Directed by: Robert Rodriguez

Written by: James Cameron & Laeta Kalogridis

Starring: Rosa Salazar, Christoph Waltz, Jennifer Connelly, Mahershala Ali

Rating: [2.5/5]

The future of machines having the thoughts and emotions of a human seems more and more inevitable and this film gives the world a taste of what this inescapable reality would look like. It has incredible visuals, while some seemed a bit wonky and sports an incredible cast of Academy Award-winning performers. 

In the year 2563, humans live in harmony with cyborgs in a city filled with trash and all aspire to live in the city in the sky, Zalem. When Ido (Christoph Waltz) finds the remains of a cyborg, he decides to put her back together and name her Alita (Rosa Salazar). After being rebooted, Alita learns more about her past, her abilities, falls in love, and gets herself into many different precarious situations that she has to fight her way out of. 

The release of this film felt like a myth for several years. It had been a passion project for James Cameron, director of Titanic and Avatar, for years but it seemed unlikely that it would ever see the light of day. Cameron co-wrote the script and Robert Rodriguez helmed the director’s chair to bring this film out into the world, which makes for an interesting pairing. Robert Rodriguez has directed Spy Kids films that certainly cater towards children and then an adult-centered Sin City. His style varies depending on the material he receives and he does a fine job with this film. The word “fine” ultimately described where I land on Alita: Battle Angel

A major talking point that drives its success of the film was its visuals. Human characters exist in the film, but the storytellers need the audience to connect with the non-human Alita. That might be challenging for filmgoers because of the design of her famous eyes. She has larger eyes than what we typically associate on a human face, which makes watching her feel like an odd experience. When watching her, the overwhelming sentiment of something not feeling right never went away, which may have been the point of the character design. However, even if it the choice had intention behind, it does not mean that it necessarily works.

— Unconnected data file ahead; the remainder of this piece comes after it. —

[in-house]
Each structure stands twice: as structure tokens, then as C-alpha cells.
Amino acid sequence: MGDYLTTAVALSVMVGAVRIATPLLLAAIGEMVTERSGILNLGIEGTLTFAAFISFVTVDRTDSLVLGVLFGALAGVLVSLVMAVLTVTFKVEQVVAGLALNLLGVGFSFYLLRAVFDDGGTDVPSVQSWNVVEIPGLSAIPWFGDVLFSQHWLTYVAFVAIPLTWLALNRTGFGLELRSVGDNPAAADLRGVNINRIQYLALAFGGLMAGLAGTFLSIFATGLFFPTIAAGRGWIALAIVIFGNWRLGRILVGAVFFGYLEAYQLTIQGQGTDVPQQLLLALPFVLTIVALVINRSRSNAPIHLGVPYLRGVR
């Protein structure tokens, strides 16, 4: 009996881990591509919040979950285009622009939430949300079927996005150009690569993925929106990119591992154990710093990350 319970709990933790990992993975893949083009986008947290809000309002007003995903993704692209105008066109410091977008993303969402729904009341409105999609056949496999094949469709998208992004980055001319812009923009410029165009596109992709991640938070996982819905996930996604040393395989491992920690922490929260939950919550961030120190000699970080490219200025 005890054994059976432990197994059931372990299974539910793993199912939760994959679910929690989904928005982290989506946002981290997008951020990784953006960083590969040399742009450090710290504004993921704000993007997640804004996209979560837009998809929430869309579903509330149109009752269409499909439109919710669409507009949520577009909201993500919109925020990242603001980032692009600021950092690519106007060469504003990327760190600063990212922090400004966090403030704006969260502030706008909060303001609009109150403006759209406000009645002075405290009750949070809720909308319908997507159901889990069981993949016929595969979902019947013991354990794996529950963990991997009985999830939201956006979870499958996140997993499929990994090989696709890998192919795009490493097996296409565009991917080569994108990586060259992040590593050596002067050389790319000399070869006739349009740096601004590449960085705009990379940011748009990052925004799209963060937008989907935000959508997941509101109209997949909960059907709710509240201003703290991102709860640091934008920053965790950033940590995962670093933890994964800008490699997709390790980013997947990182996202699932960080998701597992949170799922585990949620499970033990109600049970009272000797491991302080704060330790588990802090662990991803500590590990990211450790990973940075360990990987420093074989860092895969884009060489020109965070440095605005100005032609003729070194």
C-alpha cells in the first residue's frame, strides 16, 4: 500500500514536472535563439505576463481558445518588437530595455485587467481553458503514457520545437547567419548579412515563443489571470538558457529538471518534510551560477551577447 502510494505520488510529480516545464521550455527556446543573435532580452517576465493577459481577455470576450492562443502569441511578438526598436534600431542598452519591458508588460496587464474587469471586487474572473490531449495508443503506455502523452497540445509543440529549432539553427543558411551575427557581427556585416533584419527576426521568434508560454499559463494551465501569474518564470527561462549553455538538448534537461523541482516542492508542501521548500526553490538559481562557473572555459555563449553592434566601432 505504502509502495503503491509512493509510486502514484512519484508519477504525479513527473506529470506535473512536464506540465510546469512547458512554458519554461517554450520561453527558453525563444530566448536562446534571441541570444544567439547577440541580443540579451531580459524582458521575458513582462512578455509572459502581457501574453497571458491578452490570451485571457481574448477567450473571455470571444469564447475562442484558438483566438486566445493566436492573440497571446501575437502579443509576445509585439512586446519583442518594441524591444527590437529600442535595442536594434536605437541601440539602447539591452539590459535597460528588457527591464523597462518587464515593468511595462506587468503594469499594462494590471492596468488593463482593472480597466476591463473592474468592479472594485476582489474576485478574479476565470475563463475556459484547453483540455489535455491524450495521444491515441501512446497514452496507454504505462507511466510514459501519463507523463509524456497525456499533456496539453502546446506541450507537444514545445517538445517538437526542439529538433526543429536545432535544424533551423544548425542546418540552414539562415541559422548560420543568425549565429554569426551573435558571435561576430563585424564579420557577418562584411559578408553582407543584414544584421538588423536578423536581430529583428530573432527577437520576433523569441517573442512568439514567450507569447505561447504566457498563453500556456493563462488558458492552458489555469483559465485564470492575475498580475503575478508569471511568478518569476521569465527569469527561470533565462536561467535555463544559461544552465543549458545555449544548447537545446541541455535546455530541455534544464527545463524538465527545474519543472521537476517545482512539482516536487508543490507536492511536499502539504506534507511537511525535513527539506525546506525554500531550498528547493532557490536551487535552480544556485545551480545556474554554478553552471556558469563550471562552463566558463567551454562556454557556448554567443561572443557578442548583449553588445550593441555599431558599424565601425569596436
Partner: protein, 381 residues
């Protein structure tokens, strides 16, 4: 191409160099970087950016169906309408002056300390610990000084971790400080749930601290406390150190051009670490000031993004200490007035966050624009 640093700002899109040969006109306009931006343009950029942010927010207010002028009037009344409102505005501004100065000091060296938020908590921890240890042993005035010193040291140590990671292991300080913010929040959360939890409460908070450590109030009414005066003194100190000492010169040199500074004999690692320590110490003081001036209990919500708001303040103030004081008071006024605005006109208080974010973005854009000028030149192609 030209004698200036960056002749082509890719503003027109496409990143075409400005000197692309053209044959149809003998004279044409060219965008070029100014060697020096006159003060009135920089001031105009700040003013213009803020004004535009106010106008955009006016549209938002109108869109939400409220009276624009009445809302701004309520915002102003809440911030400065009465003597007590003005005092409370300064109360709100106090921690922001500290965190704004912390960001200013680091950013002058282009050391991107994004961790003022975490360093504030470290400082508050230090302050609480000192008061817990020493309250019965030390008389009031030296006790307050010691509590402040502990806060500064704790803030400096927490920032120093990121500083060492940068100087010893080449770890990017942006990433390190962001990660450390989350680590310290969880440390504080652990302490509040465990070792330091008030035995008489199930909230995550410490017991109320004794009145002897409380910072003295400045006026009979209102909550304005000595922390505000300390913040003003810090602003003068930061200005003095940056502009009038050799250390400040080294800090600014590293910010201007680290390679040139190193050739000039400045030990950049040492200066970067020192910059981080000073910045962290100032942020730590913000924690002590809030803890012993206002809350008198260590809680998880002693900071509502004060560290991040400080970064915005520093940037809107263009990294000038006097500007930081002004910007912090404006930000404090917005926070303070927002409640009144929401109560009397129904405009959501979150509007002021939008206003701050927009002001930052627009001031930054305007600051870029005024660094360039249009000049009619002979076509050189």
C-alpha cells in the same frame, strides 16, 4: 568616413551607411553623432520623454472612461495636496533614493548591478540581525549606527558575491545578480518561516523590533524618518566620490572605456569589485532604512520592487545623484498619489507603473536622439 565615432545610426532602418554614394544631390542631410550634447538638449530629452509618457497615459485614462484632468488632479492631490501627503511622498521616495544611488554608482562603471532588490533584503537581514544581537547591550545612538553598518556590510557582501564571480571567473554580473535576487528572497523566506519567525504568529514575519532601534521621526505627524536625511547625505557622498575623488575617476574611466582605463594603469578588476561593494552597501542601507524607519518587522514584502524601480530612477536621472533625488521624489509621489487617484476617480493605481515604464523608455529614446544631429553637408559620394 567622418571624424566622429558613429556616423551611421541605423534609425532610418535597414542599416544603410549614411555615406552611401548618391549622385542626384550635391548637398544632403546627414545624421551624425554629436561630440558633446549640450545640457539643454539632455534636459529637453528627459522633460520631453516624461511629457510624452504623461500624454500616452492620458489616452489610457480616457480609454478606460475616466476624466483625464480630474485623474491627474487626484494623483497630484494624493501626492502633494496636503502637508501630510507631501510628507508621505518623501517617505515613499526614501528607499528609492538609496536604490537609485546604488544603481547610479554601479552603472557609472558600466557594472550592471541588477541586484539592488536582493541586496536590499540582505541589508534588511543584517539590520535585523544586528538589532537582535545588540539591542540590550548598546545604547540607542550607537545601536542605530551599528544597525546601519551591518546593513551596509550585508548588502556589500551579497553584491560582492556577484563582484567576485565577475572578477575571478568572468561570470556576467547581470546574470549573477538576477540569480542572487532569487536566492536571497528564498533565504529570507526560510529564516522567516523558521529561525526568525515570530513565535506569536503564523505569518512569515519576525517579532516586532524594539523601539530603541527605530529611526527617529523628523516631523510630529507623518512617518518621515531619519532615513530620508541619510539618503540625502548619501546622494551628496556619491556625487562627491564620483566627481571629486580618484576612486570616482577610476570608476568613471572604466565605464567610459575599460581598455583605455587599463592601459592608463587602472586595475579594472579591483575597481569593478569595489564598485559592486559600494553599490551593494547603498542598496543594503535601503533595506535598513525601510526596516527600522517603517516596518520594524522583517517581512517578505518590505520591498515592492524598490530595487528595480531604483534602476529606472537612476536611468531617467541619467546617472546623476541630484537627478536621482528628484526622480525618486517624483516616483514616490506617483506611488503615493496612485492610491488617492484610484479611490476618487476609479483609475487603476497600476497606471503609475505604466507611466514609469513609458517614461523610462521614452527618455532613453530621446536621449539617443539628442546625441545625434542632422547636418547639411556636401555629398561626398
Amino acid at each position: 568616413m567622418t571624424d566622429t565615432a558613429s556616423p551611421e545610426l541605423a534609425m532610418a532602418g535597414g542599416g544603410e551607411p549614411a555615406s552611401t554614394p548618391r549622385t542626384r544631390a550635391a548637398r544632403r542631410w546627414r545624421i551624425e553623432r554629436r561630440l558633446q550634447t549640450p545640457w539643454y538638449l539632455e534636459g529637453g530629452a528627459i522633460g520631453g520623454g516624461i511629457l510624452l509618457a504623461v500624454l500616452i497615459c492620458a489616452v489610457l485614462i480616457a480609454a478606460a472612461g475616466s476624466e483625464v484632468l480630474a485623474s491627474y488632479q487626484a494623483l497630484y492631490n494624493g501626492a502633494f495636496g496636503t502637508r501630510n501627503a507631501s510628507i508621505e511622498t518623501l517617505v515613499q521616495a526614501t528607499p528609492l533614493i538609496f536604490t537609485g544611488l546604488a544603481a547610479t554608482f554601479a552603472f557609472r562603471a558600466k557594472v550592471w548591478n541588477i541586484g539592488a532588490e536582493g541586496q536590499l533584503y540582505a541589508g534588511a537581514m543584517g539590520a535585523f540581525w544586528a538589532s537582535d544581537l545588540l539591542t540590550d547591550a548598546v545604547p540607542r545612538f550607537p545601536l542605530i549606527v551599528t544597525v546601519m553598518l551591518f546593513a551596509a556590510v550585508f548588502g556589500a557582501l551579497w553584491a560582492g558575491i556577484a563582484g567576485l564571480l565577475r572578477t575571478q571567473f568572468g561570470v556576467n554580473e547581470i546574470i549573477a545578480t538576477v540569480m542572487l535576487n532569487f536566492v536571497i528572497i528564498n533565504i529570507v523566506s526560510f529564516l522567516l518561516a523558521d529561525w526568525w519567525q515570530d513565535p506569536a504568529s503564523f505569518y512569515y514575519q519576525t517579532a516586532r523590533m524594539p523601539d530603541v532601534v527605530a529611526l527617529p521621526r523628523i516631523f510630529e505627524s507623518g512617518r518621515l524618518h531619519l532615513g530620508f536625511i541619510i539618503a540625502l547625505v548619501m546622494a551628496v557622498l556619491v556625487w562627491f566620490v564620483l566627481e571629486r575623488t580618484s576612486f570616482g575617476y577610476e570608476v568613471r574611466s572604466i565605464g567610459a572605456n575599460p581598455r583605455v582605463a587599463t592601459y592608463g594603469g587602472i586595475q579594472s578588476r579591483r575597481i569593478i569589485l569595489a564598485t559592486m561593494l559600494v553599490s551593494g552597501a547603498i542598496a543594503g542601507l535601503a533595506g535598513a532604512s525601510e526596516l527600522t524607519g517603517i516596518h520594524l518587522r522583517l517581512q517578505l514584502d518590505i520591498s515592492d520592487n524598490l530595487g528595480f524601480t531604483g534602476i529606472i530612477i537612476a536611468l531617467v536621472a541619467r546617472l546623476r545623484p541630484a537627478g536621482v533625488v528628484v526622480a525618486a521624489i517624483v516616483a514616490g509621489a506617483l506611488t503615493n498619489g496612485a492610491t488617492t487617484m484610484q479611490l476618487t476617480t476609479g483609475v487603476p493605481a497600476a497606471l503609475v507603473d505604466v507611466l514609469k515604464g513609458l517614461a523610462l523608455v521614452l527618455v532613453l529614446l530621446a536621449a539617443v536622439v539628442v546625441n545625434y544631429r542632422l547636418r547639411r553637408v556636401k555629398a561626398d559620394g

Additionally, the character designs for the other cyborg-like characters felt a bit odd as well. For example, one cyborg called Zapan appears to be fully a robot but has the face of the very handsome Ed Skrein. That assemblage shows up with most of these cyborg characters and it just did not look good. I found it to be very distracting and honestly very silly. I couldn’t take any of these threats very seriously because their presentation looked so funky. As I mentioned earlier, the success of this film rides on the visuals and it did not work for me because the story lacked freshness and became bland. 

However, Alita: Battle Angel has several enjoyable aspects, including the performance by Rosa Salazar as Alita. I always love to see Latinx folks getting lead roles and she exceeded my expectations with this film. She transcends the weird eyes of her character to give a beautifully human performance as someone trying to figure out their identity. She stands out as the highlight of the film along with the action. While the visuals of the cyborg characters did not appear well during conversations, when in action and fighting each other, this film succeeds. All of the fight sequences have this kinetic energy and show the true power of the protagonist. 

This film had the opportunity to properly utilize three Academy Award-winning actors to supplement the film in Christoph Waltz, Mahershala Ali, and Jennifer Connelly. Unfortunately, their characters became such a bore and very bland. These actors didn’t receive the material to properly succeed in ways they have done in the past and I wondered why the filmmakers went out of their way to get them to feature in it. None of them have any real emotional resonance or anything for the audience to attach themselves to. That leaves the audience having to connect with a bunch of cyborgs with human faces on them. Seriously, it looks so weird. 

The great potential of this film was not fully realized in my eyes and while Rose Salazar tried her best, she could not elevate the rest of the material. The film is made in a way where the filmmakers are hoping to make a sequel with its ending. I hope they get the chance to do so for me to see the bigger picture of what this story can be when fully realized. I would be open to that film adding to this one but for now, Alita: Battle Angel remains fairly average in its composition with visuals that just did not work for me

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